Some folks like realistic-looking HDR images, such as the image above, while others like super-saturated images with the grunge look, like the image below. Both images were taken on my workshops.

Super-saturated HDR image.

Super-saturated HDR image.

I don't teach HDR the right way, I simply teach it my way - which covers creating all types of HDR images.

The HDR program I recommend most is Photomatix from HDR soft. You can save 15% on Photomatix when you use this code - ricksammon - upon checkout from the HDR soft web site.

Here is post I did on the latest version of Photomatix.

One tip I do offer when it comes to HDR: The subject often suggests the HDR effect. For example, you probably want a natural-looking HDR image for a landscape, while the super-saturated/grunge effect may look good on a photo of an old car.

Magic Beach Motel, St. Augustine, FL.

Magic Beach Motel, St. Augustine, FL.

As with all your photography, I say follow your heart. Or as Ginger Baker wrote, "Do what you like."

South East Railway Museum near Atlanta, GA.

South East Railway Museum near Atlanta, GA.

If you want to get good at HDR, put yourself in a very high-contrast situation: shoot indoors and get details inside and outside. If you can see into the shadows and if your highlights are not blown out in your final HDR image, you are on your way to creating a good HDR image - your way. The image directly above illustrates that technique.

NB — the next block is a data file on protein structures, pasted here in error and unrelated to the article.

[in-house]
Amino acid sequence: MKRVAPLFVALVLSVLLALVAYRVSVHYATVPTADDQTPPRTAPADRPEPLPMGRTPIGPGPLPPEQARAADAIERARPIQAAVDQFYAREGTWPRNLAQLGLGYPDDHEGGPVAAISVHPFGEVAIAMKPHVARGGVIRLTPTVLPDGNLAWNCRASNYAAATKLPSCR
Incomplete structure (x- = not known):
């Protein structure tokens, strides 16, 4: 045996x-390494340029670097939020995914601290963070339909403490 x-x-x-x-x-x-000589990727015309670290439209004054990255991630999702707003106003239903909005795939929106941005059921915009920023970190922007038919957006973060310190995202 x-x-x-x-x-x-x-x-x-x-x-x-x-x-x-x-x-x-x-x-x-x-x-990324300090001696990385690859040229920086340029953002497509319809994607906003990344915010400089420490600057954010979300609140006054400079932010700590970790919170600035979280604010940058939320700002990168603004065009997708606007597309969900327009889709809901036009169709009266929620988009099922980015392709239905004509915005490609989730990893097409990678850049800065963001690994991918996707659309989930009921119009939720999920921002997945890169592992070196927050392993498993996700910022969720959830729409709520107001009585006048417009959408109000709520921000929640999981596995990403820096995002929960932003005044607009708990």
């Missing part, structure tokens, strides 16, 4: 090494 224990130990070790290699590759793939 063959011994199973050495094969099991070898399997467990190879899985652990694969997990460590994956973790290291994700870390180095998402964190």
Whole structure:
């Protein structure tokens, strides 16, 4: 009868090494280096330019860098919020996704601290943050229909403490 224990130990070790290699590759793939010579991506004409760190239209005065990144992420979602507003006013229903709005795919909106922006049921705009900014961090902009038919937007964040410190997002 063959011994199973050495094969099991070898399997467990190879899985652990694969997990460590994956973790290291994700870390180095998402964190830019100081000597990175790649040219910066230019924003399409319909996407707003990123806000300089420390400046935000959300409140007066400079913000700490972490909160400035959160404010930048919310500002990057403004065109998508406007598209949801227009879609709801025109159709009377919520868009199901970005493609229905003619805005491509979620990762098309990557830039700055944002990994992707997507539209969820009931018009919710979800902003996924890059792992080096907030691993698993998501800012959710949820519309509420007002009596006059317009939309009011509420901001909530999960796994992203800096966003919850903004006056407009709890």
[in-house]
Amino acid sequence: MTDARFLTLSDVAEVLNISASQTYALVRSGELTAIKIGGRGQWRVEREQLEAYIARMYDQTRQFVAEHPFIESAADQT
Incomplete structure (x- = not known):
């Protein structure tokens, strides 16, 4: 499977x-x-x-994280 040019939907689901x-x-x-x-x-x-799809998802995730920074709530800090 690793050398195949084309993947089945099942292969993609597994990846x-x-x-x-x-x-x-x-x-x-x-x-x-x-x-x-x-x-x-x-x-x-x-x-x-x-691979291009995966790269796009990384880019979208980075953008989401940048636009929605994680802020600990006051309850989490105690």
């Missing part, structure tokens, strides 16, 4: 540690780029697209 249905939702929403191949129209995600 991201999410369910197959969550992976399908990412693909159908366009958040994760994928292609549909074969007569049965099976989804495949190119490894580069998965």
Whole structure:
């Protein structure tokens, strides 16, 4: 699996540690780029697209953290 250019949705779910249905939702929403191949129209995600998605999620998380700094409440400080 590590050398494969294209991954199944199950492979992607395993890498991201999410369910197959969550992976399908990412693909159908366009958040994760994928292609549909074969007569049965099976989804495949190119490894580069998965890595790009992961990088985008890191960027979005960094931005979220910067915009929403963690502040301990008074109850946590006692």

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Want to learn more about HDR? Check out my iPad app, Rick Sammon's iHDR, which is listed on My Apps page.

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All the creative plug-ins that I use are listed on my Play & Save on Plug-ins page.

Explore the light,
Rick

Cool HDR/Model Photography Workshop in Hot'Lanta - Two $200 Goodie Bags Await 2 Lucky Photographers

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Glenn Taylor and I have a few spots open on our February 28  - March 2, 2013 Atlanta, GA workshop. Here Glenn offers some tips on how he got the shots at our shooting locations.

Info on the workshop is on my Workshops page.

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Before Glenn gets going, here's some cool news!

The next two photographers who sign up for the workshop will receive:
• Lexar 32 GB Compact Flash Card

• Copy of my book, Exploring the Light

• My Rick Sammonisms t-shirt (L and XL only)

That's about a $200 value!